Quick — name a company that has invested heavily and continuously in open source, is one of the top contributors to Linux kernel development, and offers full enterprise support for Linux to thousands of customers.
Were you thinking of Oracle? Probably not, but that’s something Oracle would like to change.
“When I read magazines and there’s a list of companies that are involved with Linux and Oracle is not on that list, that’s when I get angry,” says Wim Coekaerts, Oracle’s director of Linux engineering.
To be fair, Coekaerts showed no signs of turning emerald green or smashing anything when I spoke to him recently. Rather, he was soft-spoken and articulate — in contrast, perhaps, to the popular perception of Oracle as being something of a bully in the open source world. He did come armed with some impressive statistics, however.
Oracle is involved with Linux, Coekaerts says, foremost because Oracle uses Linux. A lot of Linux. Right now, almost 10,000 Linux servers are in use internally at Oracle. Essentially, every production server at Oracle is a Linux server.
In addition, about 9,000 developers at Oracle are using Linux to develop products.
A lot of that can be attributed to one simple factor: cost savings.
“We use Linux for the same reason all the other companies are using Linux,” Coekaerts says.
But there’s more to it than that. The Oracle database is a large, complex application that places a lot of demands on the underlying OS. When Oracle wants to experiment, changing how the OS works to optimise database performance, it’s easier to do so with an open source, community-driven OS than a proprietary one. Hence the number of Linux kernel contributions from Oracle engineers. As a fast research and prototyping tool, Linux can’t be beaten.
The end result of all this in-house Linux experience is a whole lot of in-house expertise. In a way, then, it was only natural that Oracle should enter the Linux support business. It’s not widely recognised but Oracle has provided enterprise Linux support, through its Unbreakable Linux programme, for about four years. Now, with its new Oracle Validated Configurations initiative, it is poised to take that a step further.
An Oracle Validated Configuration is essentially what it sounds like. Oracle and its partners have selected specific combinations of hardware and software — including server hardware, chip sets, Linux OSes, drivers, and storage — and subjected them to approximately 60 to 70 tests, designed to tax each system to the limits of its performance.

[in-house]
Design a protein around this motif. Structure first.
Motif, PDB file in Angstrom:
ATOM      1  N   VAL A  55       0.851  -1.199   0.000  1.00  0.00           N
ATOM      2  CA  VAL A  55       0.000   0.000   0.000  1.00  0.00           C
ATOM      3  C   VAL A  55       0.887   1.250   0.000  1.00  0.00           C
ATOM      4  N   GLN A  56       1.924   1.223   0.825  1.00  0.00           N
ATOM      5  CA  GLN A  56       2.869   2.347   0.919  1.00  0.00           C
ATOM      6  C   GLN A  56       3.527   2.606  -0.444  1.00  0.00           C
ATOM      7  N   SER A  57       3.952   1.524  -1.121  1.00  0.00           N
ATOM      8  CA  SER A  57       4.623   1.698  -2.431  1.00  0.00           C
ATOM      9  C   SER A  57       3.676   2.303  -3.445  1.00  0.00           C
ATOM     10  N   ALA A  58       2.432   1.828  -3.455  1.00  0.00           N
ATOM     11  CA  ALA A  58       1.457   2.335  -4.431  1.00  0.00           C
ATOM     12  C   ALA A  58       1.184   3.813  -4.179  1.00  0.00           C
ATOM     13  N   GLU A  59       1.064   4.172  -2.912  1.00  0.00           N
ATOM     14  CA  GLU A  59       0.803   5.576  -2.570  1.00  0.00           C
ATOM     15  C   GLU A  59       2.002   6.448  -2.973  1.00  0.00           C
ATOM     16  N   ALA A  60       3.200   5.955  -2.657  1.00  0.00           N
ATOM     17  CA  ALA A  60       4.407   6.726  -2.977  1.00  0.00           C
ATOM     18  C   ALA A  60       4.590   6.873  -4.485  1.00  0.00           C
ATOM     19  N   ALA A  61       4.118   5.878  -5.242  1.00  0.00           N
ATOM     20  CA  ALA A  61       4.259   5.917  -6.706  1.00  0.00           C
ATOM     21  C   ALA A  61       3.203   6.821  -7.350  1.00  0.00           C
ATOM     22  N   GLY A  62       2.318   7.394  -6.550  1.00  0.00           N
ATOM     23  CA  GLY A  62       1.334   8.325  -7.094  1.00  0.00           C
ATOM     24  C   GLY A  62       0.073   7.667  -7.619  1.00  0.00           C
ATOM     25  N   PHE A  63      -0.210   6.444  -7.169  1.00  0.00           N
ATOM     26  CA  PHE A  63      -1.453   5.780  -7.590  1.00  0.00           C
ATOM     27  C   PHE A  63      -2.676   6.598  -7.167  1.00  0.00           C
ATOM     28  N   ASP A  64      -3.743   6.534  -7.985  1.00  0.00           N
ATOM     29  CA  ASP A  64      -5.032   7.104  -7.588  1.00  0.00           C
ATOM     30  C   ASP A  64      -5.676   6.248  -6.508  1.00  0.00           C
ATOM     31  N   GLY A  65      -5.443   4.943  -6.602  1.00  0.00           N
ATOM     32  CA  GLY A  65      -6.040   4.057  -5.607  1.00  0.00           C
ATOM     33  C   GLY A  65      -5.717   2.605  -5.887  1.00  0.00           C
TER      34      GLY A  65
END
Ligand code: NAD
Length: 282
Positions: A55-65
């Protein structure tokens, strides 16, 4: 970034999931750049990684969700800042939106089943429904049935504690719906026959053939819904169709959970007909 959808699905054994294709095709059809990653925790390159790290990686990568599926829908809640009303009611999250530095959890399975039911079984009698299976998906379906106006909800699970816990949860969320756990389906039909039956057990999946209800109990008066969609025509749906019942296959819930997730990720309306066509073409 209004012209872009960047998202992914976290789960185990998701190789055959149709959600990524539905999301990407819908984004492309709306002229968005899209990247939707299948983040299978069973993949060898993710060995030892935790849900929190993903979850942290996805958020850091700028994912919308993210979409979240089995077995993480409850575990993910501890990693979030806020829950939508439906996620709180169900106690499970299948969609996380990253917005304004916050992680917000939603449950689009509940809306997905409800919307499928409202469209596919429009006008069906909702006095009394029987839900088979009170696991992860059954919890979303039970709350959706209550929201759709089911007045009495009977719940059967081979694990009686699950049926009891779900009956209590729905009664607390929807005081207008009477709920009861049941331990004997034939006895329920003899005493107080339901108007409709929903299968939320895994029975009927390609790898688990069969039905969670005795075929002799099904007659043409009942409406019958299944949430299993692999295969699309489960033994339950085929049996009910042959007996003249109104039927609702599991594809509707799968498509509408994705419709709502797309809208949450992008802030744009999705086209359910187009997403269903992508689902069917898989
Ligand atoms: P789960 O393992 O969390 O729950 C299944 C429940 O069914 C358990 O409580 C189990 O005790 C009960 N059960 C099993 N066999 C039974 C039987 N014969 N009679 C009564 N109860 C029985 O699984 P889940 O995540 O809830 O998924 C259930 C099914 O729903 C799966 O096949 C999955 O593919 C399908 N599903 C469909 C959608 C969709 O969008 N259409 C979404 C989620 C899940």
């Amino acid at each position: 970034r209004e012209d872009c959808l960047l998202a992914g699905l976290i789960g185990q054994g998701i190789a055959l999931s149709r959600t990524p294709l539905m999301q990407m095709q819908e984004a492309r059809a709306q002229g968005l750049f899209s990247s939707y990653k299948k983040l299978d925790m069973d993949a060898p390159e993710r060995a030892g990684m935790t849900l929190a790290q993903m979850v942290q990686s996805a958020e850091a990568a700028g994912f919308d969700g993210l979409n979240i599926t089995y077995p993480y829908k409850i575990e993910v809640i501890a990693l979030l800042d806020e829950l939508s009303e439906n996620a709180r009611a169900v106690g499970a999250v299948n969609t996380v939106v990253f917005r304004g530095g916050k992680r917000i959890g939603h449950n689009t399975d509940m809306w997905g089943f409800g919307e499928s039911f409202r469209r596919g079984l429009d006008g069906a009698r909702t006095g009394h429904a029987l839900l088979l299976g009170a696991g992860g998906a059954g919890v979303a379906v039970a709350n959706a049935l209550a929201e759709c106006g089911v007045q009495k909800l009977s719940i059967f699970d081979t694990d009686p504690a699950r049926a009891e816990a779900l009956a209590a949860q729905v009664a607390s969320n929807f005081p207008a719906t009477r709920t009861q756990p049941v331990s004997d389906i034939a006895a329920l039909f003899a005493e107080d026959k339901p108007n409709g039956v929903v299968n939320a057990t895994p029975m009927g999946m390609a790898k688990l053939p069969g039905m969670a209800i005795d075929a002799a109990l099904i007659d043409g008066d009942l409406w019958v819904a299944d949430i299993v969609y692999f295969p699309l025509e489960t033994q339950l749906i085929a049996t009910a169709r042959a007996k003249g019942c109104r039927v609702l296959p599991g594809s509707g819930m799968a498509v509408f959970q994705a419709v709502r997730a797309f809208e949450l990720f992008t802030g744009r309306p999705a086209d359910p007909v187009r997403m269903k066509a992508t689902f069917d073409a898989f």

The “validated” label means you’re getting a complete system that has been fully configured, certified and optimised to run Oracle, down to specific kernel module parameters.
The Oracle stamp of approval doesn’t just benefit Oracle users, however. Because Oracle is such a heavyweight application it tends to highlight problems more quickly than other kinds of software. A system that runs Oracle well is almost guaranteed to run other applications well, too.
By comparison, Coekaerts says it typically takes customers nine to 12 months to get full server stacks properly configured when they do it themselves.
“We’re saving lots of people’s time, including our own,” he says.
But the bigger picture is one of perception. Over the long term, Coekaerts would like to see Oracle recognised for the contributions it has made to Linux throughout the years. As the world’s second-largest software company, Oracle’s influence over the industry isn’t going away, but its reputation as an outsider in the world of open source just might.
“We’re doing Linux the way we should be doing it,” Coekaerts says. “We’re trying to use our influence to do something good.”
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